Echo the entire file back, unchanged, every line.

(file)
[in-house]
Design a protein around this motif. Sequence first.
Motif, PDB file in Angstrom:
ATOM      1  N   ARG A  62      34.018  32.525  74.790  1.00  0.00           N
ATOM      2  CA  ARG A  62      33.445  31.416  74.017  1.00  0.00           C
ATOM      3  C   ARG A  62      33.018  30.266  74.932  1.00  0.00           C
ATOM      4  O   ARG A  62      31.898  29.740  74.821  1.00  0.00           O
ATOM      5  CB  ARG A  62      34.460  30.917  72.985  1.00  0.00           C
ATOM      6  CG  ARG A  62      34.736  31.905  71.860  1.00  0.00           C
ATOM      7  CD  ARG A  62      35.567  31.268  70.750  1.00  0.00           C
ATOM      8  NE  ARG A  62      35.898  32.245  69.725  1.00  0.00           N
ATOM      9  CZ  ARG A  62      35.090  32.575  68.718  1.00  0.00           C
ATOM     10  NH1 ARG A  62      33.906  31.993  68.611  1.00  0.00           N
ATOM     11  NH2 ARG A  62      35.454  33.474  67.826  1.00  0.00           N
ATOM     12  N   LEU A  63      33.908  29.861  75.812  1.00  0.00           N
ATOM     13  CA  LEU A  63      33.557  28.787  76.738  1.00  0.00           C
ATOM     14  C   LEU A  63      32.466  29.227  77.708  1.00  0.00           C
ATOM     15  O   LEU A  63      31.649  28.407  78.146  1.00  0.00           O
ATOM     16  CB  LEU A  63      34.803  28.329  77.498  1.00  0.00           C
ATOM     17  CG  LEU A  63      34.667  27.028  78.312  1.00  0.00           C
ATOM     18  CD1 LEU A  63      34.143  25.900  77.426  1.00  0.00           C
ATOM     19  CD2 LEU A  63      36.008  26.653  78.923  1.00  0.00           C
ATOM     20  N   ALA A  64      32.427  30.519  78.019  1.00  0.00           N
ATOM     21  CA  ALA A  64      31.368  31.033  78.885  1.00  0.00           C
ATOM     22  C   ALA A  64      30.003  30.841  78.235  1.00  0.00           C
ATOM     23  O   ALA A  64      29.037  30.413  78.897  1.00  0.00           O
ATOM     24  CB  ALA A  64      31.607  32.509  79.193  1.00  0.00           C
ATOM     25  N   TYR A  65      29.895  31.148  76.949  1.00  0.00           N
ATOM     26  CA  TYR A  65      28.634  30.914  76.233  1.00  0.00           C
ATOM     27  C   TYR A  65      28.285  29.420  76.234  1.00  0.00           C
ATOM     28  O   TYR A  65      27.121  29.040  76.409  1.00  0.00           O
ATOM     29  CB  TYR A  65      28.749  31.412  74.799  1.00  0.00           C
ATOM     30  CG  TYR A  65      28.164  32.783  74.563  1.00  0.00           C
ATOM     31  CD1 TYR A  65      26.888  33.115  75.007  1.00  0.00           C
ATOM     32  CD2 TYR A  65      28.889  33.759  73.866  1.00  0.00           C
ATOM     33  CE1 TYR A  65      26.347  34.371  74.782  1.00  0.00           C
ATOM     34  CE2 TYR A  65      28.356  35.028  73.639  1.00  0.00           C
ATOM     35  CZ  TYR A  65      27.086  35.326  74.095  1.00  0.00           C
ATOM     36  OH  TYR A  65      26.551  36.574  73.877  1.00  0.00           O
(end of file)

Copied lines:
[in-house]
Design a protein around this motif. Sequence first.
Motif, PDB file in Angstrom:
ATOM      1  N   ARG A  62      34.018  32.525  74.790  1.00  0.00           N
ATOM      2  CA  ARG A  62      33.445  31.416  74.017  1.00  0.00           C
ATOM      3  C   ARG A  62      33.018  30.266  74.932  1.00  0.00           C
ATOM      4  O   ARG A  62      31.898  29.740  74.821  1.00  0.00           O
ATOM      5  CB  ARG A  62      34.460  30.917  72.985  1.00  0.00           C
ATOM      6  CG  ARG A  62      34.736  31.905  71.860  1.00  0.00           C
ATOM      7  CD  ARG A  62      35.567  31.268  70.750  1.00  0.00           C
ATOM      8  NE  ARG A  62      35.898  32.245  69.725  1.00  0.00           N
ATOM      9  CZ  ARG A  62      35.090  32.575  68.718  1.00  0.00           C
ATOM     10  NH1 ARG A  62      33.906  31.993  68.611  1.00  0.00           N
ATOM     11  NH2 ARG A  62      35.454  33.474  67.826  1.00  0.00           N
ATOM     12  N   LEU A  63      33.908  29.861  75.812  1.00  0.00           N
ATOM     13  CA  LEU A  63      33.557  28.787  76.738  1.00  0.00           C
ATOM     14  C   LEU A  63      32.466  29.227  77.708  1.00  0.00           C
ATOM     15  O   LEU A  63      31.649  28.407  78.146  1.00  0.00           O
ATOM     16  CB  LEU A  63      34.803  28.329  77.498  1.00  0.00           C
ATOM     17  CG  LEU A  63      34.667  27.028  78.312  1.00  0.00           C
ATOM     18  CD1 LEU A  63      34.143  25.900  77.426  1.00  0.00           C
ATOM     19  CD2 LEU A  63      36.008  26.653  78.923  1.00  0.00           C
ATOM     20  N   ALA A  64      32.427  30.519  78.019  1.00  0.00           N
ATOM     21  CA  ALA A  64      31.368  31.033  78.885  1.00  0.00           C
ATOM     22  C   ALA A  64      30.003  30.841  78.235  1.00  0.00           C
ATOM     23  O   ALA A  64      29.037  30.413  78.897  1.00  0.00           O
ATOM     24  CB  ALA A  64      31.607  32.509  79.193  1.00  0.00           C
ATOM     25  N   TYR A  65      29.895  31.148  76.949  1.00  0.00           N
ATOM     26  CA  TYR A  65      28.634  30.914  76.233  1.00  0.00           C
ATOM     27  C   TYR A  65      28.285  29.420  76.234  1.00  0.00           C
ATOM     28  O   TYR A  65      27.121  29.040  76.409  1.00  0.00           O
ATOM     29  CB  TYR A  65      28.749  31.412  74.799  1.00  0.00           C
ATOM     30  CG  TYR A  65      28.164  32.783  74.563  1.00  0.00           C
ATOM     31  CD1 TYR A  65      26.888  33.115  75.007  1.00  0.00           C
ATOM     32  CD2 TYR A  65      28.889  33.759  73.866  1.00  0.00           C
ATOM     33  CE1 TYR A  65      26.347  34.371  74.782  1.00  0.00           C
ATOM     34  CE2 TYR A  65      28.356  35.028  73.639  1.00  0.00           C
ATOM     35  CZ  TYR A  65      27.086  35.326  74.095  1.00  0.00           C
ATOM     36  OH  TYR A  65      26.551  36.574  73.877  1.00  0.00           O